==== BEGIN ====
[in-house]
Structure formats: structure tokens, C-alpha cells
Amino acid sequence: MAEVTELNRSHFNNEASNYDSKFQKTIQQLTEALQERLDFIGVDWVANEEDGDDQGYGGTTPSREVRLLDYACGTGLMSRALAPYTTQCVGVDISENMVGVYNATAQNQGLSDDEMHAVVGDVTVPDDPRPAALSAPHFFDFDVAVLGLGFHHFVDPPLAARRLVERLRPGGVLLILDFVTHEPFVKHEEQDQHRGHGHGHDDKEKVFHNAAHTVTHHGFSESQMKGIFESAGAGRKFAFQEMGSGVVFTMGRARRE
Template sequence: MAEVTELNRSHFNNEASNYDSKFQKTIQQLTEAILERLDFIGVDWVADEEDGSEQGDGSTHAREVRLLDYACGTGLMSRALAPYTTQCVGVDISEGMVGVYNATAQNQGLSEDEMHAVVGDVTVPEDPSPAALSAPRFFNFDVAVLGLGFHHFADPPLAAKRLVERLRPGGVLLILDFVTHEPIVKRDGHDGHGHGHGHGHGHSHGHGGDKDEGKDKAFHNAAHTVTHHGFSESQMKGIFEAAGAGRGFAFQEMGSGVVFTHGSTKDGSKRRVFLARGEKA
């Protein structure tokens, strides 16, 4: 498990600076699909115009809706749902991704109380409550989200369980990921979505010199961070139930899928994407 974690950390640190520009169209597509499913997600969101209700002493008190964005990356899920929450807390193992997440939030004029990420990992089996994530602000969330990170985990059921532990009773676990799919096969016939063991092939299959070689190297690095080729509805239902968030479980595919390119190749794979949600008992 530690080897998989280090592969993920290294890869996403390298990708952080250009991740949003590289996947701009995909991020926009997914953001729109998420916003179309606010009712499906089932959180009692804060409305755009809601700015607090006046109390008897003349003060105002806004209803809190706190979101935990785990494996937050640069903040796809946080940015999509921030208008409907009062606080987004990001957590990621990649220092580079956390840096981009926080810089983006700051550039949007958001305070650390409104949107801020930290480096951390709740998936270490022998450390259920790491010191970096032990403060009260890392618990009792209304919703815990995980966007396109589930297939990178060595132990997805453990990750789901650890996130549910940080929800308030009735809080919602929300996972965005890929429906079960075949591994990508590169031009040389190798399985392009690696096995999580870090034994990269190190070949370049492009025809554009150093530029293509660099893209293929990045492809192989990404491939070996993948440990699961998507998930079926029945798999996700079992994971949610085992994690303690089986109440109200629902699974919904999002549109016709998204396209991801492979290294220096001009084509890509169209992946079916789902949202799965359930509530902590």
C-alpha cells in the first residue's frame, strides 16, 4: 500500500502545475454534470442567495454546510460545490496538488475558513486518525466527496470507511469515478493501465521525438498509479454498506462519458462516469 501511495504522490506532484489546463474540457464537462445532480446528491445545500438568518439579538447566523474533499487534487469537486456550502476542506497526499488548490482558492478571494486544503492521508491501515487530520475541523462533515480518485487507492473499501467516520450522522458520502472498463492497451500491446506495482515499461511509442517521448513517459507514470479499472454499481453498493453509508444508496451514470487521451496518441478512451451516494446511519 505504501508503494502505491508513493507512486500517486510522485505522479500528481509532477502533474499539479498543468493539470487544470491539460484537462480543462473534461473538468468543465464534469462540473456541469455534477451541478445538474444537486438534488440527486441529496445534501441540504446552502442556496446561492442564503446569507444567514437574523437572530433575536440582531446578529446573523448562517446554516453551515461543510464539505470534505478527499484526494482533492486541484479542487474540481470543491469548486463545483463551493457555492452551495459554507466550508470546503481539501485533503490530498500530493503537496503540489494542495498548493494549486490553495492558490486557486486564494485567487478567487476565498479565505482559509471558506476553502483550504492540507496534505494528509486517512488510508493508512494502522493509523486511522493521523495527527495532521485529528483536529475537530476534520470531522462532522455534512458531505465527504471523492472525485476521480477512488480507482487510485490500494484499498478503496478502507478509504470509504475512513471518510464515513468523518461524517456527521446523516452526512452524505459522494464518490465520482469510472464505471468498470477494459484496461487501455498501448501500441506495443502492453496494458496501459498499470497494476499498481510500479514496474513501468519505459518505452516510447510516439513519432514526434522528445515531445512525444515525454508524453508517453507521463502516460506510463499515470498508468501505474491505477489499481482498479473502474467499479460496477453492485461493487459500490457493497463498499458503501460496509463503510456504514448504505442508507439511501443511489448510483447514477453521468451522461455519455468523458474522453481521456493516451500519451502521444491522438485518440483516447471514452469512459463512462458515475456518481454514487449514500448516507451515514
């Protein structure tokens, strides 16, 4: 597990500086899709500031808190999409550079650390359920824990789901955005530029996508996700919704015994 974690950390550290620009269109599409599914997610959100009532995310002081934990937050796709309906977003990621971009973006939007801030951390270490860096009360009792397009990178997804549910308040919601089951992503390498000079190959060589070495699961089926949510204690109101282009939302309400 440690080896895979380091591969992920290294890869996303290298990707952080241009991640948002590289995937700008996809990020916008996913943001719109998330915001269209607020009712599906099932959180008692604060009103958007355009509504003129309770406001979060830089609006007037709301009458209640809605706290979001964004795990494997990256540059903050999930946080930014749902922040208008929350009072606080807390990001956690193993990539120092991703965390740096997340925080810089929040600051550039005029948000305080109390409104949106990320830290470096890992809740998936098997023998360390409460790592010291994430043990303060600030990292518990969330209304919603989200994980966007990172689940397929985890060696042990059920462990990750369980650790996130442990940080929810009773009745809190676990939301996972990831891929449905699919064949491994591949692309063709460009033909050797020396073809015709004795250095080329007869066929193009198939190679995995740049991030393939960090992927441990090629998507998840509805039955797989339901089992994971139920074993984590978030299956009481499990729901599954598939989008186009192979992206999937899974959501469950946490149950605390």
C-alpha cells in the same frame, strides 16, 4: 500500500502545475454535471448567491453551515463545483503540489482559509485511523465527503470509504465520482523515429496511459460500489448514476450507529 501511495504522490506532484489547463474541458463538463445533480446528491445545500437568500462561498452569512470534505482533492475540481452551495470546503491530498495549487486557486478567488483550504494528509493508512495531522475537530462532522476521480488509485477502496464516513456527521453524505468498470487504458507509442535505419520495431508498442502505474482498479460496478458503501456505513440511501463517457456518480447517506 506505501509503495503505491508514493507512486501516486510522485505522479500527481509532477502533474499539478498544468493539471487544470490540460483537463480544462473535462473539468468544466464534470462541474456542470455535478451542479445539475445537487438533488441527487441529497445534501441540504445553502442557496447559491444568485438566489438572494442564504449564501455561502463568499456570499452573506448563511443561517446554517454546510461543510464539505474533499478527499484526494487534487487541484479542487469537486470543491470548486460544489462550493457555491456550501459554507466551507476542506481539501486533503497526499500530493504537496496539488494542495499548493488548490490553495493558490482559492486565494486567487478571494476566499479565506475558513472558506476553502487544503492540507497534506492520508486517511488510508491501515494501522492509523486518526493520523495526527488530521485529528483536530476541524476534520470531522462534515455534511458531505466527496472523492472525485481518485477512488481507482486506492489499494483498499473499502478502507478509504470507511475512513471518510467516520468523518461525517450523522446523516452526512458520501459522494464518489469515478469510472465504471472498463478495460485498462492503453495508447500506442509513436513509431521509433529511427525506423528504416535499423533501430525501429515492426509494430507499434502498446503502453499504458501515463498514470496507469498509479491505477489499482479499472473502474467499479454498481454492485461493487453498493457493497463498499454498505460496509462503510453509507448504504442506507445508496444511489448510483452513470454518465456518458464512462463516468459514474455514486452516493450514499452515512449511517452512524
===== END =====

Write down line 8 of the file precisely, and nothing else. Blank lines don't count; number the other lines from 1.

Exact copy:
C-alpha cells in the same frame, strides 16, 4: 500500500502545475454535471448567491453551515463545483503540489482559509485511523465527503470509504465520482523515429496511459460500489448514476450507529 501511495504522490506532484489547463474541458463538463445533480446528491445545500437568500462561498452569512470534505482533492475540481452551495470546503491530498495549487486557486478567488483550504494528509493508512495531522475537530462532522476521480488509485477502496464516513456527521453524505468498470487504458507509442535505419520495431508498442502505474482498479460496478458503501456505513440511501463517457456518480447517506 506505501509503495503505491508514493507512486501516486510522485505522479500527481509532477502533474499539478498544468493539471487544470490540460483537463480544462473535462473539468468544466464534470462541474456542470455535478451542479445539475445537487438533488441527487441529497445534501441540504445553502442557496447559491444568485438566489438572494442564504449564501455561502463568499456570499452573506448563511443561517446554517454546510461543510464539505474533499478527499484526494487534487487541484479542487469537486470543491470548486460544489462550493457555491456550501459554507466551507476542506481539501486533503497526499500530493504537496496539488494542495499548493488548490490553495493558490482559492486565494486567487478571494476566499479565506475558513472558506476553502487544503492540507497534506492520508486517511488510508491501515494501522492509523486518526493520523495526527488530521485529528483536530476541524476534520470531522462534515455534511458531505466527496472523492472525485481518485477512488481507482486506492489499494483498499473499502478502507478509504470507511475512513471518510467516520468523518461525517450523522446523516452526512458520501459522494464518489469515478469510472465504471472498463478495460485498462492503453495508447500506442509513436513509431521509433529511427525506423528504416535499423533501430525501429515492426509494430507499434502498446503502453499504458501515463498514470496507469498509479491505477489499482479499472473502474467499479454498481454492485461493487453498493457493497463498499454498505460496509462503510453509507448504504442506507445508496444511489448510483452513470454518465456518458464512462463516468459514474455514486452516493450514499452515512449511517452512524